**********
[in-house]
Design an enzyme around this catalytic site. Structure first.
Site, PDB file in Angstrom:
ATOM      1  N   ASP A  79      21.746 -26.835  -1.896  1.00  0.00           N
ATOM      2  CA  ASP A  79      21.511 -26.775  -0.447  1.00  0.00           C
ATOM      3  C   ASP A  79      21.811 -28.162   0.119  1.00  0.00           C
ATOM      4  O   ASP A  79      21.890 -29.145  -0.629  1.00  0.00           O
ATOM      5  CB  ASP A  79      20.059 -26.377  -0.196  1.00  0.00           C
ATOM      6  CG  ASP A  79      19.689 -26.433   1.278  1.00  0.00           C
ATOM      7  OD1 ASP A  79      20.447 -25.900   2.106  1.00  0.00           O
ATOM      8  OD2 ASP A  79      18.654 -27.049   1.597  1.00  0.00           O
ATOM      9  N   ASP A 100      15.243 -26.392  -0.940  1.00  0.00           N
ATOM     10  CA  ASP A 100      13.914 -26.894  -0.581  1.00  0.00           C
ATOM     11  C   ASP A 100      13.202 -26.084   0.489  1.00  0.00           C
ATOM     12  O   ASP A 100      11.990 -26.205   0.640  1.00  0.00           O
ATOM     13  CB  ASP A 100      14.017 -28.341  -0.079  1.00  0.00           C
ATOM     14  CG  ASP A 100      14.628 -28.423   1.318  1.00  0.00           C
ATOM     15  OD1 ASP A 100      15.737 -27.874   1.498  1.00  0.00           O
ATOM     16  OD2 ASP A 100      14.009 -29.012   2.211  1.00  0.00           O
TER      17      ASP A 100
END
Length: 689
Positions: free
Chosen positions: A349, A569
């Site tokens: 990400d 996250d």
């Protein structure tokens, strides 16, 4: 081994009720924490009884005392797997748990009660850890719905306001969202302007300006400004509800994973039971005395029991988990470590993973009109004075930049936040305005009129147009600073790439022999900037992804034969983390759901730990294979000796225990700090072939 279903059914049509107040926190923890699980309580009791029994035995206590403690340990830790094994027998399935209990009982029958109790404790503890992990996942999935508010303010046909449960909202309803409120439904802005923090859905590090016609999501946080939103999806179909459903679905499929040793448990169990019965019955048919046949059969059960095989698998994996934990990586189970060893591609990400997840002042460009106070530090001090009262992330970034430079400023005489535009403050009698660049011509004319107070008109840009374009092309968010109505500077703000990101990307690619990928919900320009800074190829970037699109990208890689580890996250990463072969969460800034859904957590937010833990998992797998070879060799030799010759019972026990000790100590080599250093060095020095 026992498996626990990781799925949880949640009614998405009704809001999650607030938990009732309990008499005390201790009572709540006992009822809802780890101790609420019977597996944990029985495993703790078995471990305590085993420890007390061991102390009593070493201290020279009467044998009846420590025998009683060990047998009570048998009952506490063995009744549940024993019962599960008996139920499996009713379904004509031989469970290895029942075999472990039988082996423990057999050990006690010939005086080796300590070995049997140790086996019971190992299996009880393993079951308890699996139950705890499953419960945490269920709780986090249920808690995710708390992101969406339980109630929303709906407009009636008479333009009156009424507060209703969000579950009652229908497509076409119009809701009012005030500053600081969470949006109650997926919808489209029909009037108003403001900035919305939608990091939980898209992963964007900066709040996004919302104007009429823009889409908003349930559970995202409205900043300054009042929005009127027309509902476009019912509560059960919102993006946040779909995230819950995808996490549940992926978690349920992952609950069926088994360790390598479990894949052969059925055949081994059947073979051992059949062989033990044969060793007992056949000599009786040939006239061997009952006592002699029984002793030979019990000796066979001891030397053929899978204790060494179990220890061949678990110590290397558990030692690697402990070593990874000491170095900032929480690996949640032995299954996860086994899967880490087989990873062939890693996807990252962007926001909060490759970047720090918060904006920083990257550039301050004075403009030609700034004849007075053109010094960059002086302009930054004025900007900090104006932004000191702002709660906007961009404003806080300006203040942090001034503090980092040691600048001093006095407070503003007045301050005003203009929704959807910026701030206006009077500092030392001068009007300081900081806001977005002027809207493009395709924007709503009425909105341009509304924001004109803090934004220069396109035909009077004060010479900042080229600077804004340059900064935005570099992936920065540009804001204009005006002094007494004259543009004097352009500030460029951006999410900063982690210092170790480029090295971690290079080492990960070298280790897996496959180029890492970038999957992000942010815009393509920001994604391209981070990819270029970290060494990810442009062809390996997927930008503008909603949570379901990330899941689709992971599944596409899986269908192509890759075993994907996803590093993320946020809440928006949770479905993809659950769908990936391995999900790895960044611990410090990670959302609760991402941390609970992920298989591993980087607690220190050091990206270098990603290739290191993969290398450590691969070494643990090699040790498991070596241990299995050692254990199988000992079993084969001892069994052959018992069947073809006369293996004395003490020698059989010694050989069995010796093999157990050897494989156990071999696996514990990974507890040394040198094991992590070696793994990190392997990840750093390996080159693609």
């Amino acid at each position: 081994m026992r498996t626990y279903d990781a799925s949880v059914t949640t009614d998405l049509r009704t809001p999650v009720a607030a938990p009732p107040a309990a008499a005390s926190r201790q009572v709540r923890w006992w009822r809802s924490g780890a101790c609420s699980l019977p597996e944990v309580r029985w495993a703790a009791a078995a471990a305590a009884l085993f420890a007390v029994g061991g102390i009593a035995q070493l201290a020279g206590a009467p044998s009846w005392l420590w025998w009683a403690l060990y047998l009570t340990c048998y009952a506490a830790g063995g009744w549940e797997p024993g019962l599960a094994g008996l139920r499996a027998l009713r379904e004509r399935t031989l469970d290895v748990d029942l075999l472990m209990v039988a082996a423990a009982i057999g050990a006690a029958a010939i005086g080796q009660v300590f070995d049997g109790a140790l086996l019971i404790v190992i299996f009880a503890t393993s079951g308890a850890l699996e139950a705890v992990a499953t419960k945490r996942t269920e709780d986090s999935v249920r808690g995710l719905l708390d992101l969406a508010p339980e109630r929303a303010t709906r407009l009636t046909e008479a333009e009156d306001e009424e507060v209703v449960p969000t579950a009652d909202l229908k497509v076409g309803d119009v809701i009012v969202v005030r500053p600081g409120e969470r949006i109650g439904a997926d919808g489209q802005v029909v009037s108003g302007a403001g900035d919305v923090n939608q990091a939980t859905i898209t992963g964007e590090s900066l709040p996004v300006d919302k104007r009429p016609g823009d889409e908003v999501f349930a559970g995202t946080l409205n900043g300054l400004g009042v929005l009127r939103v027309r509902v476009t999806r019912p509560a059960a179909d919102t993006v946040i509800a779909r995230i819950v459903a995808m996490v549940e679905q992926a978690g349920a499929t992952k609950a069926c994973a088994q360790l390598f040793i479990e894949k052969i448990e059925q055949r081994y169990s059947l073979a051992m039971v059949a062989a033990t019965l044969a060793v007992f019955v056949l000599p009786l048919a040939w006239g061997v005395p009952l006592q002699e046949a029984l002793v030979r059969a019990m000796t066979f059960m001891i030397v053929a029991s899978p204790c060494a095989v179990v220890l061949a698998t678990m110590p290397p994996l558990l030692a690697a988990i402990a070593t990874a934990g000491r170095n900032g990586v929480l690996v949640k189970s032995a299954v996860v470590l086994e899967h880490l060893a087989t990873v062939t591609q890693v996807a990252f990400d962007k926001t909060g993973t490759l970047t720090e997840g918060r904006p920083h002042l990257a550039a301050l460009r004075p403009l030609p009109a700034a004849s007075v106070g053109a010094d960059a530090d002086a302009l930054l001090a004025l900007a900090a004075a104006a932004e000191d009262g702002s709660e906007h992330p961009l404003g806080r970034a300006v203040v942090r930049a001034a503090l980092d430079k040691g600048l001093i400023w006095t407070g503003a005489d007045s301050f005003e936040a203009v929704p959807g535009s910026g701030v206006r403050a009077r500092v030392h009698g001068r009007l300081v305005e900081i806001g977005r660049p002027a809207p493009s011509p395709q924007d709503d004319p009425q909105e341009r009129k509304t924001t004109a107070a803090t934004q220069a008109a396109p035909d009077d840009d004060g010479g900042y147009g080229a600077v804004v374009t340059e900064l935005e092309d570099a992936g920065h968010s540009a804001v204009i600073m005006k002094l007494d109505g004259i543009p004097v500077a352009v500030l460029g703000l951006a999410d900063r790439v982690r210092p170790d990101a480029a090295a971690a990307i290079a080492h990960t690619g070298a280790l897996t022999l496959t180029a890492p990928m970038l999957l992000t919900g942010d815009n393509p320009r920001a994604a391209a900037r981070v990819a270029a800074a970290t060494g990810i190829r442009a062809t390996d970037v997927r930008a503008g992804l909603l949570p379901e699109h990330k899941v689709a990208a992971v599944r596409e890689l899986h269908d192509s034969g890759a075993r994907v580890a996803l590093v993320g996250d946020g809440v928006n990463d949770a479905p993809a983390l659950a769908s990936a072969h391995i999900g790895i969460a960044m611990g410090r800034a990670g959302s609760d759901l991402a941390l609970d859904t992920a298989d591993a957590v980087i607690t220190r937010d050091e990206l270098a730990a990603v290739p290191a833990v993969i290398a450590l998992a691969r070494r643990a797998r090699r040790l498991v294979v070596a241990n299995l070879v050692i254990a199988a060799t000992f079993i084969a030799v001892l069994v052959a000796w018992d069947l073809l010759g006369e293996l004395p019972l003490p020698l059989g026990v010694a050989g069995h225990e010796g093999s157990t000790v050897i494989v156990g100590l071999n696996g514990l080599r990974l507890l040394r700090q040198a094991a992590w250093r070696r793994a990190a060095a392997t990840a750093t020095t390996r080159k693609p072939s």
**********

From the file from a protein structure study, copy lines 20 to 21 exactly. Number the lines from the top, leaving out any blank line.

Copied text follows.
TER      17      ASP A 100
END